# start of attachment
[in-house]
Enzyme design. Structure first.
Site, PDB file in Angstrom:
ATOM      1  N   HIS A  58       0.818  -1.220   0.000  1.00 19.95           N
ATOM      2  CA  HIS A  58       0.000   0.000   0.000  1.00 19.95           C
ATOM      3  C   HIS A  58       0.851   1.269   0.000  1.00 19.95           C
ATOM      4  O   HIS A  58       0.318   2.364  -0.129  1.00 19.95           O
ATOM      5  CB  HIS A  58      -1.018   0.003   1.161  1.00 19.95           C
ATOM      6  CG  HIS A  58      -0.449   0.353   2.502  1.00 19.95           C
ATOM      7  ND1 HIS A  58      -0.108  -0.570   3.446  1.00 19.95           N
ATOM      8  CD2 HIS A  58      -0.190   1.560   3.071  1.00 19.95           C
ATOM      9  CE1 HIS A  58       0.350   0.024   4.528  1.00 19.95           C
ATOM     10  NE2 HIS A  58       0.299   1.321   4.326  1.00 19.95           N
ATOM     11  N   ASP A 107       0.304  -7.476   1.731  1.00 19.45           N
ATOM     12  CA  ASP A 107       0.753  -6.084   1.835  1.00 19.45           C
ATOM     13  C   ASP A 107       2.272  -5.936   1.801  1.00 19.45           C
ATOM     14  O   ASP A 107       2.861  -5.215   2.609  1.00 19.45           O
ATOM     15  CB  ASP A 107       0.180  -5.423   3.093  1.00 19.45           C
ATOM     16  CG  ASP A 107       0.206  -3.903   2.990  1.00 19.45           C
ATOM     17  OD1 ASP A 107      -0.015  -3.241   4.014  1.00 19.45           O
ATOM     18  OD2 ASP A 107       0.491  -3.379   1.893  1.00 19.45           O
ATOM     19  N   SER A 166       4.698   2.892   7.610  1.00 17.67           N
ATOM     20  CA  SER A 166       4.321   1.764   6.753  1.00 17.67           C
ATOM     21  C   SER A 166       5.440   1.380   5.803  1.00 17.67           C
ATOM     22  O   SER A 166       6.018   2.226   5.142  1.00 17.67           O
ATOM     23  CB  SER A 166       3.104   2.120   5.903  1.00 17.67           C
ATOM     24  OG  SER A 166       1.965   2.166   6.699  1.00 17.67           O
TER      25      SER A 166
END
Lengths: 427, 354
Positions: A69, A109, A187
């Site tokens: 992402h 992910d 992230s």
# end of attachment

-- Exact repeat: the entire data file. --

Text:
[in-house]
Enzyme design. Structure first.
Site, PDB file in Angstrom:
ATOM      1  N   HIS A  58       0.818  -1.220   0.000  1.00 19.95           N
ATOM      2  CA  HIS A  58       0.000   0.000   0.000  1.00 19.95           C
ATOM      3  C   HIS A  58       0.851   1.269   0.000  1.00 19.95           C
ATOM      4  O   HIS A  58       0.318   2.364  -0.129  1.00 19.95           O
ATOM      5  CB  HIS A  58      -1.018   0.003   1.161  1.00 19.95           C
ATOM      6  CG  HIS A  58      -0.449   0.353   2.502  1.00 19.95           C
ATOM      7  ND1 HIS A  58      -0.108  -0.570   3.446  1.00 19.95           N
ATOM      8  CD2 HIS A  58      -0.190   1.560   3.071  1.00 19.95           C
ATOM      9  CE1 HIS A  58       0.350   0.024   4.528  1.00 19.95           C
ATOM     10  NE2 HIS A  58       0.299   1.321   4.326  1.00 19.95           N
ATOM     11  N   ASP A 107       0.304  -7.476   1.731  1.00 19.45           N
ATOM     12  CA  ASP A 107       0.753  -6.084   1.835  1.00 19.45           C
ATOM     13  C   ASP A 107       2.272  -5.936   1.801  1.00 19.45           C
ATOM     14  O   ASP A 107       2.861  -5.215   2.609  1.00 19.45           O
ATOM     15  CB  ASP A 107       0.180  -5.423   3.093  1.00 19.45           C
ATOM     16  CG  ASP A 107       0.206  -3.903   2.990  1.00 19.45           C
ATOM     17  OD1 ASP A 107      -0.015  -3.241   4.014  1.00 19.45           O
ATOM     18  OD2 ASP A 107       0.491  -3.379   1.893  1.00 19.45           O
ATOM     19  N   SER A 166       4.698   2.892   7.610  1.00 17.67           N
ATOM     20  CA  SER A 166       4.321   1.764   6.753  1.00 17.67           C
ATOM     21  C   SER A 166       5.440   1.380   5.803  1.00 17.67           C
ATOM     22  O   SER A 166       6.018   2.226   5.142  1.00 17.67           O
ATOM     23  CB  SER A 166       3.104   2.120   5.903  1.00 17.67           C
ATOM     24  OG  SER A 166       1.965   2.166   6.699  1.00 17.67           O
TER      25      SER A 166
END
Lengths: 427, 354
Positions: A69, A109, A187
């Site tokens: 992402h 992910d 992230s």